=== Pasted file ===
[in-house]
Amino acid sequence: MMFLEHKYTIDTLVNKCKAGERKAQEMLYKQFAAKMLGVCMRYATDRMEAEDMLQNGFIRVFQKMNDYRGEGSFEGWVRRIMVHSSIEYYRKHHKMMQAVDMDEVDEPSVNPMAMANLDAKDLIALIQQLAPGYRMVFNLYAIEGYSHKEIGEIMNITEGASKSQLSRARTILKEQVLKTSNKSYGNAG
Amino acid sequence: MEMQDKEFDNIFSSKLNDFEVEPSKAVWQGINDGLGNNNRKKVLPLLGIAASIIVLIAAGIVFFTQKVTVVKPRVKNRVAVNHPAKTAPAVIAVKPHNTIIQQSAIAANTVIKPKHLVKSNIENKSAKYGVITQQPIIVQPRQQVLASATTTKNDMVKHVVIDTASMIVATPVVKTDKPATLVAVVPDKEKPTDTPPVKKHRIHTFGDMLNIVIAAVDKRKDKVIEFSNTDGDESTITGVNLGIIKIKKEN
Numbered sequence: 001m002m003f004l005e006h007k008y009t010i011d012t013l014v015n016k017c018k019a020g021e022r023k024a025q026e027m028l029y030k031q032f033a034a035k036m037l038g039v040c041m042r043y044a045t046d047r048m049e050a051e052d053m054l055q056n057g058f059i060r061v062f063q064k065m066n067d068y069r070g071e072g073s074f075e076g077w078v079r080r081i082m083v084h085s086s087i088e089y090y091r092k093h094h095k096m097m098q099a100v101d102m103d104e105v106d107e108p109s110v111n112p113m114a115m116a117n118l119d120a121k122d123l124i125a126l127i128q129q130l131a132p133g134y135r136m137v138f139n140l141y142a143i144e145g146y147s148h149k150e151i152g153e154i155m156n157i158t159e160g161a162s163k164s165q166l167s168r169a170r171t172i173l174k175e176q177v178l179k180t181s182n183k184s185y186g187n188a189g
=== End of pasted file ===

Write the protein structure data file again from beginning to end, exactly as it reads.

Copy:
[in-house]
Amino acid sequence: MMFLEHKYTIDTLVNKCKAGERKAQEMLYKQFAAKMLGVCMRYATDRMEAEDMLQNGFIRVFQKMNDYRGEGSFEGWVRRIMVHSSIEYYRKHHKMMQAVDMDEVDEPSVNPMAMANLDAKDLIALIQQLAPGYRMVFNLYAIEGYSHKEIGEIMNITEGASKSQLSRARTILKEQVLKTSNKSYGNAG
Amino acid sequence: MEMQDKEFDNIFSSKLNDFEVEPSKAVWQGINDGLGNNNRKKVLPLLGIAASIIVLIAAGIVFFTQKVTVVKPRVKNRVAVNHPAKTAPAVIAVKPHNTIIQQSAIAANTVIKPKHLVKSNIENKSAKYGVITQQPIIVQPRQQVLASATTTKNDMVKHVVIDTASMIVATPVVKTDKPATLVAVVPDKEKPTDTPPVKKHRIHTFGDMLNIVIAAVDKRKDKVIEFSNTDGDESTITGVNLGIIKIKKEN
Numbered sequence: 001m002m003f004l005e006h007k008y009t010i011d012t013l014v015n016k017c018k019a020g021e022r023k024a025q026e027m028l029y030k031q032f033a034a035k036m037l038g039v040c041m042r043y044a045t046d047r048m049e050a051e052d053m054l055q056n057g058f059i060r061v062f063q064k065m066n067d068y069r070g071e072g073s074f075e076g077w078v079r080r081i082m083v084h085s086s087i088e089y090y091r092k093h094h095k096m097m098q099a100v101d102m103d104e105v106d107e108p109s110v111n112p113m114a115m116a117n118l119d120a121k122d123l124i125a126l127i128q129q130l131a132p133g134y135r136m137v138f139n140l141y142a143i144e145g146y147s148h149k150e151i152g153e154i155m156n157i158t159e160g161a162s163k164s165q166l167s168r169a170r171t172i173l174k175e176q177v178l179k180t181s182n183k184s185y186g187n188a189g